Purpose: Anterior cruciate ligament (ACL) reconstruction can reduce the risk of developing osteoarthritic knees. The goals of ACL reconstruction are to restore knee stability and reduce post-traumatic meniscal tears and cartilage degradation. A chronic ACL insufficiency frequently results in medial meniscus (MM) injury at the posterior segment. How ACL reconstruction can reduce the deformation of the MM posterior segment remains unclear. In this study, we evaluated the form of the MM posterior segment and anterior tibial translation before and after ACL reconstruction using open magnetic resonance imaging (MRI). Methods: Seventeen patients who underwent ACL reconstructions without MM injuries were included in this study. MM deformation was evaluated using open MRI before surgery and 3 months after surgery. We measured medial meniscal length (MML), medial meniscal height (MMH), medial meniscal posterior body width (MPBW), MM–femoral condyle contact width (M-FCW) and posterior tibiofemoral distance (PTFD) at knee flexion angles of 10° and 90°. Results: There were no significant pre- and postoperative differences during a flexion angle of 10°. At a flexion angle of 90°, MML decreased from 43.7 ± 4.5 to 41.4 ± 4.5 mm (P < 0.001), MMH from 7.5 ± 1.4 to 6.9 ± 1.4 mm (P = 0.006), MPBW from 13.1 ± 2.0 to 12.2 ± 1.9 mm (P < 0.001) and M-FCW from 10.0 ± 1.5 to 8.5 ± 1.5 mm (P < 0.001) after ACL reconstruction. The PTFD increased from 2.1 ± 2.8 to 2.7 ± 2.4 mm after ACL reconstruction (P = 0.015). Conclusions: ACL reconstruction affects the contact pattern between the MM posterior segment and medial femoral condyle and can reduce the deformation of the MM posterior segment in the knee-flexed position by reducing abnormal anterior tibial translation. It possibly prevents secondary injury to the MM posterior segment and cartilage that progresses to knee osteoarthritis. Level of evidence: IV.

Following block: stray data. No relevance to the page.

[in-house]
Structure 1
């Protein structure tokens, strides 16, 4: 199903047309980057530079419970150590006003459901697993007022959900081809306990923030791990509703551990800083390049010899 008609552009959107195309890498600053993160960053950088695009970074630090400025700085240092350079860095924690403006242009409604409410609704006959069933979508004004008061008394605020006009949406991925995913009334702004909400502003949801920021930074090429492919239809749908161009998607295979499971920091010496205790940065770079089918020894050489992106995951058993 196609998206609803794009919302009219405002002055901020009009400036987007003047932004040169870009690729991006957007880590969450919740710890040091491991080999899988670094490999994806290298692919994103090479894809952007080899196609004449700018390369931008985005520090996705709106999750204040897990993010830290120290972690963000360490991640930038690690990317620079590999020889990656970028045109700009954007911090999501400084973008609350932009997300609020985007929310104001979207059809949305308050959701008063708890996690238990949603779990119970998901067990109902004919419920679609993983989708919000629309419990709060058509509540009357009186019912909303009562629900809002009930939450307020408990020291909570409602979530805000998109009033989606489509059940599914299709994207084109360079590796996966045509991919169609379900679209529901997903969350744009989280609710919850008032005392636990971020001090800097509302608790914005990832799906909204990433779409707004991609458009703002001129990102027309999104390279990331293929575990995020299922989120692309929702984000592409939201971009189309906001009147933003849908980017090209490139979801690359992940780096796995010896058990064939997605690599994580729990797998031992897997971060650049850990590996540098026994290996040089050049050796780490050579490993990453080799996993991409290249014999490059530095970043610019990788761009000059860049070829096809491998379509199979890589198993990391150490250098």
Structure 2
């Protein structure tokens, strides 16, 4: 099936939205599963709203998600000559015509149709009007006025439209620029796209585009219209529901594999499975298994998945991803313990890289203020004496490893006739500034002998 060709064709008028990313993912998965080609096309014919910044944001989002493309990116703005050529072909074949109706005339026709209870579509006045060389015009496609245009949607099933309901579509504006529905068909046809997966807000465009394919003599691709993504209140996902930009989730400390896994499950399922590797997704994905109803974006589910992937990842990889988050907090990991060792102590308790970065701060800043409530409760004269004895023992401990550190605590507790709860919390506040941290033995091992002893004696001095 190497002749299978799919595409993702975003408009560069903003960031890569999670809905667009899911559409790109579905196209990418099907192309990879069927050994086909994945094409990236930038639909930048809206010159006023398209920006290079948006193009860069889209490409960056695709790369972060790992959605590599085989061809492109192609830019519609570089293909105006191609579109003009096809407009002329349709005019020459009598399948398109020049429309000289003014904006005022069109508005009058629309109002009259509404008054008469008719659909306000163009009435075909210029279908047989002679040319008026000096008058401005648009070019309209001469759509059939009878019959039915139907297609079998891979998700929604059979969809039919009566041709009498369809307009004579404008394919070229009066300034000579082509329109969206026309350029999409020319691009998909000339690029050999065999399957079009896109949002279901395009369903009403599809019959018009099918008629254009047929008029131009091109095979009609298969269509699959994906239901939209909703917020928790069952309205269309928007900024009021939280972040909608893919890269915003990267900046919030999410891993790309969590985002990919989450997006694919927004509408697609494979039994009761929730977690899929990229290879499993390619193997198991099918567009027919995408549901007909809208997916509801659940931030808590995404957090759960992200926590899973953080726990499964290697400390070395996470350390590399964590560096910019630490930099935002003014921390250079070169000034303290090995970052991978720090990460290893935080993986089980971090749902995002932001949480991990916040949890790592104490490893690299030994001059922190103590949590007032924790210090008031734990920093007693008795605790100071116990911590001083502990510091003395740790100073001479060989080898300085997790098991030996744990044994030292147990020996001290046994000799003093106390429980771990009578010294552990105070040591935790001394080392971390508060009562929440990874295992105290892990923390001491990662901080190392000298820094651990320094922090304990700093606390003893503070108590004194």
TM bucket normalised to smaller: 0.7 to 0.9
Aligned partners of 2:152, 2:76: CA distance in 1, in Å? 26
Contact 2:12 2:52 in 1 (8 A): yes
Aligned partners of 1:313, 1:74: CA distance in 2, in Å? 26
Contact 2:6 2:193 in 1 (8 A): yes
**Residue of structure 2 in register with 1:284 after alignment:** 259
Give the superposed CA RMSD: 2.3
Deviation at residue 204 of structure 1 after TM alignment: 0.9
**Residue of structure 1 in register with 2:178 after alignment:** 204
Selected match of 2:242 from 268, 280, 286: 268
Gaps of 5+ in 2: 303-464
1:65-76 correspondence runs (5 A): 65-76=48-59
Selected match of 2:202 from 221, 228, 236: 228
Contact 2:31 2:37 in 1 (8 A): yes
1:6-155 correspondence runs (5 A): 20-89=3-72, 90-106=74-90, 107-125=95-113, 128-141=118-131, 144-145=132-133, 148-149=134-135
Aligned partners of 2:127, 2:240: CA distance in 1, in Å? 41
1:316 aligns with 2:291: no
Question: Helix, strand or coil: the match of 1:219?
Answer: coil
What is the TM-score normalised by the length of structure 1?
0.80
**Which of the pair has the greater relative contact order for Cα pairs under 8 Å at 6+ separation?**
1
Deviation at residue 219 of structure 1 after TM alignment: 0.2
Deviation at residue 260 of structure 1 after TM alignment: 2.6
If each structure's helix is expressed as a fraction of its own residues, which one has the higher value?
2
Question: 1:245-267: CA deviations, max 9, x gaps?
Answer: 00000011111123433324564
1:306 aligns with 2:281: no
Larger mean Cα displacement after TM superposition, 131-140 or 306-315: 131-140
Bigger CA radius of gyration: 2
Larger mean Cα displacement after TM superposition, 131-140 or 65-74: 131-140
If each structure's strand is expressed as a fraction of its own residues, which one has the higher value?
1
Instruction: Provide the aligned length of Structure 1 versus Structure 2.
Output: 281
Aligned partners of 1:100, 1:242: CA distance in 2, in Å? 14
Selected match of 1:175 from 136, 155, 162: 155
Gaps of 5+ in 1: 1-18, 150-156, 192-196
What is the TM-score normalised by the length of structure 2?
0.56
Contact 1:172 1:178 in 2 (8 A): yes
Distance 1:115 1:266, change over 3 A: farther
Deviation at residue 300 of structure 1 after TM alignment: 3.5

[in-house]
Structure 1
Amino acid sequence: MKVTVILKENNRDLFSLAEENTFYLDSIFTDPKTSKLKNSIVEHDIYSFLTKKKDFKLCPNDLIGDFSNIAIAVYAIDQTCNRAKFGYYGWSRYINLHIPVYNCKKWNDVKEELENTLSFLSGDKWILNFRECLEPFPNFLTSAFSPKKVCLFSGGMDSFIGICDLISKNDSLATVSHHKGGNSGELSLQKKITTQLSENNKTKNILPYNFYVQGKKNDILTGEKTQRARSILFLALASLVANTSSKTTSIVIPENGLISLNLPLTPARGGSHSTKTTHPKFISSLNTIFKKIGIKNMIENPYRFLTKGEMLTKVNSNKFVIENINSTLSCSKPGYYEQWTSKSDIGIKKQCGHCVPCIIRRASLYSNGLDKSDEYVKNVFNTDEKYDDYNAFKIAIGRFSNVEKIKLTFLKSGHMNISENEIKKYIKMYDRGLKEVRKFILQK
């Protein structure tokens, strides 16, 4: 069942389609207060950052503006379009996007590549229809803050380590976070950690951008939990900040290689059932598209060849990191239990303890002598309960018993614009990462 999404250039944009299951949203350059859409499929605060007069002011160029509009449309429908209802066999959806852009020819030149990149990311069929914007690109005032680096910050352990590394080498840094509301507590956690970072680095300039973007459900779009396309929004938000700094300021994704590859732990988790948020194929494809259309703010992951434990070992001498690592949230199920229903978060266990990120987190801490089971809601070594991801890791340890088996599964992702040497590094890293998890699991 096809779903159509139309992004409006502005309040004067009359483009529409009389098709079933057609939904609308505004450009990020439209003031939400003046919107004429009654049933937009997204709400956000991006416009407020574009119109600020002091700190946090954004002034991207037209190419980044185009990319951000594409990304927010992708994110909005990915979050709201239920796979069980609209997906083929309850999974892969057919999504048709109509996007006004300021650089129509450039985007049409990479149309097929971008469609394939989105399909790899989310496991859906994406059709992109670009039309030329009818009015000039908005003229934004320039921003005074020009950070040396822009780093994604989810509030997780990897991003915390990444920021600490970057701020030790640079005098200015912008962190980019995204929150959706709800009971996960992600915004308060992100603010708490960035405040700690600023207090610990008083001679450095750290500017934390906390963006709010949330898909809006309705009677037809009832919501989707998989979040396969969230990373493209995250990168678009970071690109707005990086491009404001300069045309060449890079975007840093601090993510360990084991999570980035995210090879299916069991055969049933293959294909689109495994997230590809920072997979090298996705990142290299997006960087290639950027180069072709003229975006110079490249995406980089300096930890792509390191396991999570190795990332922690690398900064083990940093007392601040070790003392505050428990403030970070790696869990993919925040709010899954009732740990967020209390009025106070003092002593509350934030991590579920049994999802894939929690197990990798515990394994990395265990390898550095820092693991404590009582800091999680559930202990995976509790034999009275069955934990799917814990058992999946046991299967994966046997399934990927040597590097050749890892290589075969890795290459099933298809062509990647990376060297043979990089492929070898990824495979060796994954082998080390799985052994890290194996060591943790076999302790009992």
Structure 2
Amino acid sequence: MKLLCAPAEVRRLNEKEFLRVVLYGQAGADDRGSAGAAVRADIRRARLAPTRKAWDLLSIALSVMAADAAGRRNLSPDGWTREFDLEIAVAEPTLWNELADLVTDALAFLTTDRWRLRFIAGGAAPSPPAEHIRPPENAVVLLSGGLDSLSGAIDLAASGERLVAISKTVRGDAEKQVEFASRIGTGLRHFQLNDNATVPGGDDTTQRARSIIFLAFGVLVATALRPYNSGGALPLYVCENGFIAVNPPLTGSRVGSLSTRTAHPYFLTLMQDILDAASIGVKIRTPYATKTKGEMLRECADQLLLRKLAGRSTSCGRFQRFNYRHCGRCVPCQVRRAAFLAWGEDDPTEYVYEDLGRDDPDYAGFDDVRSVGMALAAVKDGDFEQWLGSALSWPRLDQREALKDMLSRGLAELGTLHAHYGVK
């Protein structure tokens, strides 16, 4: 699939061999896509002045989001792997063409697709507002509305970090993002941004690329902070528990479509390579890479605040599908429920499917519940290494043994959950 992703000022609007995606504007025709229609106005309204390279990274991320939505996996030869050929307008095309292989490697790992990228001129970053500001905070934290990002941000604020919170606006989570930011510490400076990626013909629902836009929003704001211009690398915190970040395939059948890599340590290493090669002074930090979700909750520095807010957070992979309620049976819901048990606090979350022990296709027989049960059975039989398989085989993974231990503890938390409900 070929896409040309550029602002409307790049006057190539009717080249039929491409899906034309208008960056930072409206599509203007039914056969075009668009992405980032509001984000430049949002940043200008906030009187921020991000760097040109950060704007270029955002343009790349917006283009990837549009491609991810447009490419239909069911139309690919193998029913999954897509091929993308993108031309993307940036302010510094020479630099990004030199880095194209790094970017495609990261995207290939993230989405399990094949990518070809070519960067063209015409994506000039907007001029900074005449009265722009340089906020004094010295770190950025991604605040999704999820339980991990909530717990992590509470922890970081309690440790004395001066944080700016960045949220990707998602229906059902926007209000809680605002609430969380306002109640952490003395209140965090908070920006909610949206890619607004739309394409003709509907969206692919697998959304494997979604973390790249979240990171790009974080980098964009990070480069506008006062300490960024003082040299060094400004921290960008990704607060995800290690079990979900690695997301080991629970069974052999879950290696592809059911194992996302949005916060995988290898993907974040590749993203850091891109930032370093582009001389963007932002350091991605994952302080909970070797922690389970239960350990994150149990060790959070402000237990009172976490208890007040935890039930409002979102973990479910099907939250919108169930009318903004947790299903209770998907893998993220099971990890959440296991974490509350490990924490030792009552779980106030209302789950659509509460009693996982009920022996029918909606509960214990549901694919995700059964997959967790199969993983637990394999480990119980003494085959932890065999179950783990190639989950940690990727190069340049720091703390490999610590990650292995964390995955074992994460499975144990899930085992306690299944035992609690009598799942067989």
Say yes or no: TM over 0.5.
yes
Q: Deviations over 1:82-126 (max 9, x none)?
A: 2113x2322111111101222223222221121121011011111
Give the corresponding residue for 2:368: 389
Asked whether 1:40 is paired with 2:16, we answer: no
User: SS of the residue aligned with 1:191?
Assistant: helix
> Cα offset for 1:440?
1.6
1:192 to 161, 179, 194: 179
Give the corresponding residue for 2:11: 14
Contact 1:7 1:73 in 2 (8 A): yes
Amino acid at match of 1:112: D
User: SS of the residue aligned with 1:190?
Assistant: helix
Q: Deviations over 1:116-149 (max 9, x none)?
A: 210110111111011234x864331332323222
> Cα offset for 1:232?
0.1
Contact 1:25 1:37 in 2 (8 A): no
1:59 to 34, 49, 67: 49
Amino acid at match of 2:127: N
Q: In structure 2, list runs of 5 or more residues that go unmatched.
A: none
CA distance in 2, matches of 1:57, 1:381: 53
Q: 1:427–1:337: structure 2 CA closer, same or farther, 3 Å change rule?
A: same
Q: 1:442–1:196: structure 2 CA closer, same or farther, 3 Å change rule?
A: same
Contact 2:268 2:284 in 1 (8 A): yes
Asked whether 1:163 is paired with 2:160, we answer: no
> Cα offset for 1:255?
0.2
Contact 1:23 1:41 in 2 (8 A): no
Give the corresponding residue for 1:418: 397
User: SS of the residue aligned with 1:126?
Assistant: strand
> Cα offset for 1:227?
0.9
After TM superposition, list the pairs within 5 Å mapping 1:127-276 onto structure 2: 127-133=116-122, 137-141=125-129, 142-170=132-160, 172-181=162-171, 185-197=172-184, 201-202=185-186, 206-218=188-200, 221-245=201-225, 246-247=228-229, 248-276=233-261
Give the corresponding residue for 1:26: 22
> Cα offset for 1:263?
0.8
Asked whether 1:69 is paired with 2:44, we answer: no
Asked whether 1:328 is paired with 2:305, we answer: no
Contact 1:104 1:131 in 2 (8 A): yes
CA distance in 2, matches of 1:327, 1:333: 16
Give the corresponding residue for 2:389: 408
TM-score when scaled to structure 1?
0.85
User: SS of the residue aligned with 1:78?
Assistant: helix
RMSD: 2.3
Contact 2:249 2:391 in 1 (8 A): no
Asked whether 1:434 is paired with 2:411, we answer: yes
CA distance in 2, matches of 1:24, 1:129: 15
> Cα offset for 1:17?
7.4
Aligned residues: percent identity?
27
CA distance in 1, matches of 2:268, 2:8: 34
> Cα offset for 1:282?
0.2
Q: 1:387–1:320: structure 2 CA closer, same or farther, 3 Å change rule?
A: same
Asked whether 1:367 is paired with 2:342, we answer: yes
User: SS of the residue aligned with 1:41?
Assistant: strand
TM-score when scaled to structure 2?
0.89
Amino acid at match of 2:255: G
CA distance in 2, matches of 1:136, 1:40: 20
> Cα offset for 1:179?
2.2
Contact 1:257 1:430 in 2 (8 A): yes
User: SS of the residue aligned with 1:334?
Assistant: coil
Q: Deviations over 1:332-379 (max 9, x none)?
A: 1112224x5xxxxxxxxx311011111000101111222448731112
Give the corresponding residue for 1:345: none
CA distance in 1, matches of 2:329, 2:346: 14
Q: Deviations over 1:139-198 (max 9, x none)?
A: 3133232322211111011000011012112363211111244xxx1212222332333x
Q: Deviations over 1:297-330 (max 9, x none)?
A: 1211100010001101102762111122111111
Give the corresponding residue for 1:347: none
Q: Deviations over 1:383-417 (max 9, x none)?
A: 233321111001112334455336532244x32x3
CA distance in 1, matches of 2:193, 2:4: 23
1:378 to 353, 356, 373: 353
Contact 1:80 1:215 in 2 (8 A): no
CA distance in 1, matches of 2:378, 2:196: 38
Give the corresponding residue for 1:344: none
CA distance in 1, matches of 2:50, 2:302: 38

- Anterior cruciate ligament reconstruction
- Medial meniscus
- Open magnetic resonance imaging
- Posterior shift
ASJC Scopus subject areas
- Orthopedics and Sports Medicine